They came from near and far to Corolla village in the middle of the holiday season to meet a Civil Rights legend on the next to last day of 2021.
Educators who have taught her story in their classrooms for decades. Vacationers who booked a stay this week on the Outer Banks months ago, and who otherwise would have missed the opportunity to meet her if weren’t for last week’s storm.
It was a confluence of locals and visitors, all sharing their love of Ruby Bridges.
Originally scheduled for Dec. 23, but delayed a week due to soundside flooding and strong winds, Ruby visited The Island Bookstore as part of the second annual Corolla Christmas Village celebration.
Bridges was the first African-American child to attend an all-white school in New Orleans in 1960.
That moment of a 6-year-old girl walking through the door for the first time escorted by federal agents was immortalized in newsreels, photos in newspapers around the country, and in Norman Rockwell’s 1964 painting “The Problem We All Live With”.
All who came said in one way or another they had been inspired by a little 6-year-old girl from New Orleans who just wanted to go to school, and many shared their own stories with Ruby.
“Ruby and I are the exact same age, and I always followed the stories about her because we had integrated schools,” said Duane Clark of Corolla, and was holding books for granddaughters. “Her experience was a much different experience than where I’m from.”
Amanda and Scott Russell, residents of the Poconos in Pennsylvania, who normally spend a week on the Outer Banks in the summer. This year, they decided to spend the week after Christmas here, and when they found out Ruby was here as well, they said it was an unbelievable turn of luck.
“She is a lifelong hero, as far back as I can remember,” said Amanda, who is a librarian. “I saw the Disney version of her story as a kid and just fell in love with her.”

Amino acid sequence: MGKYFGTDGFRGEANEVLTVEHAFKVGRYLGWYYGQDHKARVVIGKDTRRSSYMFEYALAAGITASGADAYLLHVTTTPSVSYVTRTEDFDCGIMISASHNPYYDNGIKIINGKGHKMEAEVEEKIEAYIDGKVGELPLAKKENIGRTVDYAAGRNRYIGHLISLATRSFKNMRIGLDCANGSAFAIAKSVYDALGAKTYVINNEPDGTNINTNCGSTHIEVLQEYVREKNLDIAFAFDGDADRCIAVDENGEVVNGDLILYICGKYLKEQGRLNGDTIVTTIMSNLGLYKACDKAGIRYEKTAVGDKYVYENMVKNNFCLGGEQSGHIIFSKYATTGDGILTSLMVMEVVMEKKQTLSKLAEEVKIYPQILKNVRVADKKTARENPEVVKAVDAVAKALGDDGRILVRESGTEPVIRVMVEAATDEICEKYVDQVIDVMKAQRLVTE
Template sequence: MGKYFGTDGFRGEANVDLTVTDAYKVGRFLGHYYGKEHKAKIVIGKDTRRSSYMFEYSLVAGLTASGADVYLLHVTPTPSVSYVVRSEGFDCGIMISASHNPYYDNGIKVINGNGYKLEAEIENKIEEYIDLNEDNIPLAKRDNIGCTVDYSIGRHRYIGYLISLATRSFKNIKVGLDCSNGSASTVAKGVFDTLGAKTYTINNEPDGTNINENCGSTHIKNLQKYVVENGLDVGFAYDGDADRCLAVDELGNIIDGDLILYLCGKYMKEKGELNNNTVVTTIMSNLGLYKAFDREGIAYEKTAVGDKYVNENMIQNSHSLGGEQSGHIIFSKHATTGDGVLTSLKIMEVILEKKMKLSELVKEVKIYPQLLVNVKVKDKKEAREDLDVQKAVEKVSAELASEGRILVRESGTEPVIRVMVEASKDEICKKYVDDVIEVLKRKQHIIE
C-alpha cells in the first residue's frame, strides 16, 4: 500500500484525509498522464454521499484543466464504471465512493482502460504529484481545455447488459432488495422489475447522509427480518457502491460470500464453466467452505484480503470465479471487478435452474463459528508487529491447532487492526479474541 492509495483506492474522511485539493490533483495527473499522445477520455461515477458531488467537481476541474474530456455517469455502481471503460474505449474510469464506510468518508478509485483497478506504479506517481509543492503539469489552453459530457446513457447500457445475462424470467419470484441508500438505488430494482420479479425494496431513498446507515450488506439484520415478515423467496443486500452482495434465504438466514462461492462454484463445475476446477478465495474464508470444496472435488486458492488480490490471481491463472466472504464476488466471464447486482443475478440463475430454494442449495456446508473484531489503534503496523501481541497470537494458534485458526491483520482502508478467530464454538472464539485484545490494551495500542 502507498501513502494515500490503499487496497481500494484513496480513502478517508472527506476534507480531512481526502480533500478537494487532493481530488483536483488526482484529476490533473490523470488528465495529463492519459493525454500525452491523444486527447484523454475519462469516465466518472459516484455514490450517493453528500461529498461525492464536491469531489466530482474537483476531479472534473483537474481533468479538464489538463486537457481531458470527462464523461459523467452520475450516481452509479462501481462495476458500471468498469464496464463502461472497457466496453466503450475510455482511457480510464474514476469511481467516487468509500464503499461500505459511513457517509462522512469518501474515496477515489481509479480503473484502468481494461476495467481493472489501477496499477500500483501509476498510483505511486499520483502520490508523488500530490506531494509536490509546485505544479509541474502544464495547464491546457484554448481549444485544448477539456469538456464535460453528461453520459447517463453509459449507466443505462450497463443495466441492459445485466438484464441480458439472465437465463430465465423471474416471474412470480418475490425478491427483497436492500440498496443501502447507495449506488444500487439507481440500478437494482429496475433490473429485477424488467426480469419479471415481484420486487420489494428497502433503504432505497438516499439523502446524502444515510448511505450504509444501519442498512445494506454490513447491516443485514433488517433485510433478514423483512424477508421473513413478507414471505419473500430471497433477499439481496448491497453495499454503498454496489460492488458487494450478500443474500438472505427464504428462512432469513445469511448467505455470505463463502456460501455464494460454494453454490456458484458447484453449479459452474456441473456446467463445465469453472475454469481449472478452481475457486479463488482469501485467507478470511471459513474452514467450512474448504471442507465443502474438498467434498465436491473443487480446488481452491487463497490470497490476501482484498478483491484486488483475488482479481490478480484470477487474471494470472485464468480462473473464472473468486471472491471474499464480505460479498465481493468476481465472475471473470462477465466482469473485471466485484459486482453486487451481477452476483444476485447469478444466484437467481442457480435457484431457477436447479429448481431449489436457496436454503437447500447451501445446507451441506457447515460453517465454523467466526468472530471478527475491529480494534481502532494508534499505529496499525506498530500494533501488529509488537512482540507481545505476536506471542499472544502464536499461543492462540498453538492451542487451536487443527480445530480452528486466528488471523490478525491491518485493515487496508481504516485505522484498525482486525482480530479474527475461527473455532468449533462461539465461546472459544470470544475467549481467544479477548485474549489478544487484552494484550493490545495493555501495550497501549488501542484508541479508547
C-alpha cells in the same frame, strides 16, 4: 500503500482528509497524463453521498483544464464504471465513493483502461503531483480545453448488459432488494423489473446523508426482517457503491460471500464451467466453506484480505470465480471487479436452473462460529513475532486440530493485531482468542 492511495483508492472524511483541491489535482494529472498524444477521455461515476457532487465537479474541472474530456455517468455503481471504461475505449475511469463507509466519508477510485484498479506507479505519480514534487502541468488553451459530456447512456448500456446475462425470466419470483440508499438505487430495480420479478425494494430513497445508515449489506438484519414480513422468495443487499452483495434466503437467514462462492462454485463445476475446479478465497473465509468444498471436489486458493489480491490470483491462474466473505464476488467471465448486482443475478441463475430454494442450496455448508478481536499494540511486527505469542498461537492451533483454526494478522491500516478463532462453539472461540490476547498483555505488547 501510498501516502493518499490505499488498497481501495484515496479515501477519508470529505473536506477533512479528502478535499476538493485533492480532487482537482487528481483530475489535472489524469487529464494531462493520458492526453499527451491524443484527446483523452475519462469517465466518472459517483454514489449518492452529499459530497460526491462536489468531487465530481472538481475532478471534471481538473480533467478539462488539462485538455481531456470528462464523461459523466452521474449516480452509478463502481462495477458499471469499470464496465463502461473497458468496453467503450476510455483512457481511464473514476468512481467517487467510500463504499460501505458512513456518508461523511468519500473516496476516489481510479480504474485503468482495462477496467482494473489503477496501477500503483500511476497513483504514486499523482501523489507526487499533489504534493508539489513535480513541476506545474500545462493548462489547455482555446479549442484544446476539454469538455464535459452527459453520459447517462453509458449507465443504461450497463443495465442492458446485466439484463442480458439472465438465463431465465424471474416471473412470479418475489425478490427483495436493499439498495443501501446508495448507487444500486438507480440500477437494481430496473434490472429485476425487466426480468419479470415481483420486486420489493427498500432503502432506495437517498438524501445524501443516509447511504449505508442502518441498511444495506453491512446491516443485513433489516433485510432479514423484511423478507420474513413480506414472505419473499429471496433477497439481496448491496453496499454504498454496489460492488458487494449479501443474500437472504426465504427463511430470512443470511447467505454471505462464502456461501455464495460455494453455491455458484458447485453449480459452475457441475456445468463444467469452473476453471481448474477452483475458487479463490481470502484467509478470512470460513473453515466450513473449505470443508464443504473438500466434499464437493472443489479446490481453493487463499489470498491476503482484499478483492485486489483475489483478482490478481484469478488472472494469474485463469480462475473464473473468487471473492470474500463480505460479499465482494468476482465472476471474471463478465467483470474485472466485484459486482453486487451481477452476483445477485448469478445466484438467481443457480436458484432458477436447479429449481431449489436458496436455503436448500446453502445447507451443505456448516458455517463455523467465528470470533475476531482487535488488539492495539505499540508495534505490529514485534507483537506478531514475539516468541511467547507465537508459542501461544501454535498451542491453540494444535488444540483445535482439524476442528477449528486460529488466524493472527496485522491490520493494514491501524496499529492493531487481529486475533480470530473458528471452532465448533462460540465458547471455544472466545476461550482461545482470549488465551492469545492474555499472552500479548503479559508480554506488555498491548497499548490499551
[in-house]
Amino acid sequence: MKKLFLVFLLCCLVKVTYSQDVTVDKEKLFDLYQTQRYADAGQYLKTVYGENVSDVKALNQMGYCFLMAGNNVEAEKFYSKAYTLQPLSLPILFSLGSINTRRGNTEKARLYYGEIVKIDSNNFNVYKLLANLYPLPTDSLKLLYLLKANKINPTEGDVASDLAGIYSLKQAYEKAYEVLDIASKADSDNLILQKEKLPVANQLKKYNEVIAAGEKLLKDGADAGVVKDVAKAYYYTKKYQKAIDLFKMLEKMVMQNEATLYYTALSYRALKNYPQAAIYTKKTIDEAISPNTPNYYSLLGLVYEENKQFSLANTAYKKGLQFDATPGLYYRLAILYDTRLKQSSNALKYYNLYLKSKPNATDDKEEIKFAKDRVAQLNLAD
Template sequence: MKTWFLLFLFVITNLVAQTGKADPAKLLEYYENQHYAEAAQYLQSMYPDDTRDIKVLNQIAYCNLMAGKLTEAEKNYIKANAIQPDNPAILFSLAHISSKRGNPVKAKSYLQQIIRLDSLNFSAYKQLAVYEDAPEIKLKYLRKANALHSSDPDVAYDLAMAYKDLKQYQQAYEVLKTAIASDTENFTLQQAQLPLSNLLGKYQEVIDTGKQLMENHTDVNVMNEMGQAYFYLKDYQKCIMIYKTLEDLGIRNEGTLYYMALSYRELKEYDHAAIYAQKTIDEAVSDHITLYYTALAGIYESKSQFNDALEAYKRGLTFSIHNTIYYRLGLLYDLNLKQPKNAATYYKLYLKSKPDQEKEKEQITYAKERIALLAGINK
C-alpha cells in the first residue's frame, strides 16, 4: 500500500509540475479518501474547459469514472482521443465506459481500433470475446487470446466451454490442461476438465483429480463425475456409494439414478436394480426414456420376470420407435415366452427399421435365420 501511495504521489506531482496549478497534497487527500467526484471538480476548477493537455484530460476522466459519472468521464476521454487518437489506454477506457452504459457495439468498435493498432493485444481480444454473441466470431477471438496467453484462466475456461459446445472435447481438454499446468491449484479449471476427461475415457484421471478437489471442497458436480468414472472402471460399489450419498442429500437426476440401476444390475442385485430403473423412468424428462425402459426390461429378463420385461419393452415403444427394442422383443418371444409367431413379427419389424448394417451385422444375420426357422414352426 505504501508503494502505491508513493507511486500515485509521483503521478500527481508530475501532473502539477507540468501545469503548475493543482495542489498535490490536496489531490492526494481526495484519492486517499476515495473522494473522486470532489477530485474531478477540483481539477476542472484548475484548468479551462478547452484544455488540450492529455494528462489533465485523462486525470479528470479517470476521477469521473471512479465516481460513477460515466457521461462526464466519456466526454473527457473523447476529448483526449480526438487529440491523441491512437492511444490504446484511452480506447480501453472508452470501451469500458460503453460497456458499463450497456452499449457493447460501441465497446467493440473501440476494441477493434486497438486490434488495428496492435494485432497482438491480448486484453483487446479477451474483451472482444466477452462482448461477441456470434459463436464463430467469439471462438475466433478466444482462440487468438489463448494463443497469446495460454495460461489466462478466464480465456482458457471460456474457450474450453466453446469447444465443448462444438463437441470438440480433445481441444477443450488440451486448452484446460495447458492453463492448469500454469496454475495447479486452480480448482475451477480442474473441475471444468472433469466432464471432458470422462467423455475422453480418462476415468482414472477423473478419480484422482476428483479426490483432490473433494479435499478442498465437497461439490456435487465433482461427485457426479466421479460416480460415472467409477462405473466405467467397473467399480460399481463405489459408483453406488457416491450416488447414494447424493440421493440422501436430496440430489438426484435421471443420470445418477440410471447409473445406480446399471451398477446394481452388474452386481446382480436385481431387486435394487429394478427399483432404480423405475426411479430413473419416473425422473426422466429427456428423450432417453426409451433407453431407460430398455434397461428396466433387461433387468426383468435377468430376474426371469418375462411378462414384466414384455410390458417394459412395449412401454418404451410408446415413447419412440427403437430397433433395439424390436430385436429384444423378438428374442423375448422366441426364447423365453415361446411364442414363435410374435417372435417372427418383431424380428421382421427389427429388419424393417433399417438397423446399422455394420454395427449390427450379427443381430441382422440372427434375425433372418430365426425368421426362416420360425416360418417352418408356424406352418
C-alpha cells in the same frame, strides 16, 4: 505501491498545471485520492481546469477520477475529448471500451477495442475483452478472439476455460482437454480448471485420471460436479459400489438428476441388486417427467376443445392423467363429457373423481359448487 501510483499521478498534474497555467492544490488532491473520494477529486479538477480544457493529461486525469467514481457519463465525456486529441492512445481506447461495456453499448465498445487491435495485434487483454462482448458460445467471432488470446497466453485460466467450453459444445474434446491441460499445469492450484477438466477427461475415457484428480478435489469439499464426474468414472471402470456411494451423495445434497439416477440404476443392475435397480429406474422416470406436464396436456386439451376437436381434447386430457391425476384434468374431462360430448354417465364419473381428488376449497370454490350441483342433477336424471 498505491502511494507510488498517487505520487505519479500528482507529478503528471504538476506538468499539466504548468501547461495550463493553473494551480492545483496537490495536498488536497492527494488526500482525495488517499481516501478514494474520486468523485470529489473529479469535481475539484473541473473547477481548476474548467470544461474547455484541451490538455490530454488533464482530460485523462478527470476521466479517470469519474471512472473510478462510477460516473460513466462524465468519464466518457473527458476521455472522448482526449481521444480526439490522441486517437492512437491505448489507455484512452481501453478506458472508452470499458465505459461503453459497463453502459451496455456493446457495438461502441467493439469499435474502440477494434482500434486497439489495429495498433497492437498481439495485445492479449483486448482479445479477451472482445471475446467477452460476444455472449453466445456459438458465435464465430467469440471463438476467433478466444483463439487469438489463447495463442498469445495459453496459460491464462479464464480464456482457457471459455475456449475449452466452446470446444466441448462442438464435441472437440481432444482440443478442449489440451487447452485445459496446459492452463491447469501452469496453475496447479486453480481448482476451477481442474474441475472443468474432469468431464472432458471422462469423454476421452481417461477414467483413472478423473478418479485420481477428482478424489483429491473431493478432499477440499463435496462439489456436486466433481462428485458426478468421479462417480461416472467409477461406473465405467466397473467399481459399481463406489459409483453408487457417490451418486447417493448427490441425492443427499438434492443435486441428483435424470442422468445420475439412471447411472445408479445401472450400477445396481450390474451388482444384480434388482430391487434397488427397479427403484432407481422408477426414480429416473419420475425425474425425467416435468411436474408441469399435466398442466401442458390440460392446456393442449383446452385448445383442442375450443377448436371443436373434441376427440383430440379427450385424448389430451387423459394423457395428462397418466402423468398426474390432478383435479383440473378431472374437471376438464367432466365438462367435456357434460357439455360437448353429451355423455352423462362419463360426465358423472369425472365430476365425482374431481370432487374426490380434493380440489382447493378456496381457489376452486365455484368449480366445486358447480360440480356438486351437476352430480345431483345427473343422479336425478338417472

“Ruby Bridges means a lot to me, because she is a figure that my students can look up to,” said Chelsea Heflin Eaves, an AIG teacher in the Currituck County Schools.
“She is someone who did something so impactful and so powerful as a child, that teaching my students about her and allowing her into their lives shows them they don’t have to be an adult to change the world to do something powerful or brave,” Eaves said.
“A lot of times you work with students that you may not know what’s going on at home,” Eaves said. “She’s someone that inspires them to be brave.”
Frank O. from Norfolk made the 2 1/2 hour drive down just for the evening to meet “a hero”.
Frank O. made the drive all the way from Norfolk to Corolla tonight just to meet Ruby Bridges, and get a signed copy of her book for his 5-year-old nephew. pic.twitter.com/wX5U3T74Fw
— WOBX News (@WOBXNEWS) December 31, 2022
While the weather worked out for those who came on Friday, there were some not so lucky because of the weather issues the previous week.
“My granddaughters were here last week from Raleigh, and were so excited about getting to see Ruby Bridges,” said Juli Perkins of Kitty Hawk.
Her oldest granddaughter, Vivian, had made a school project on Ruby last year and brought it with her during their trip. But alas she wasn’t able to show it to Ruby after the book signing was postponed.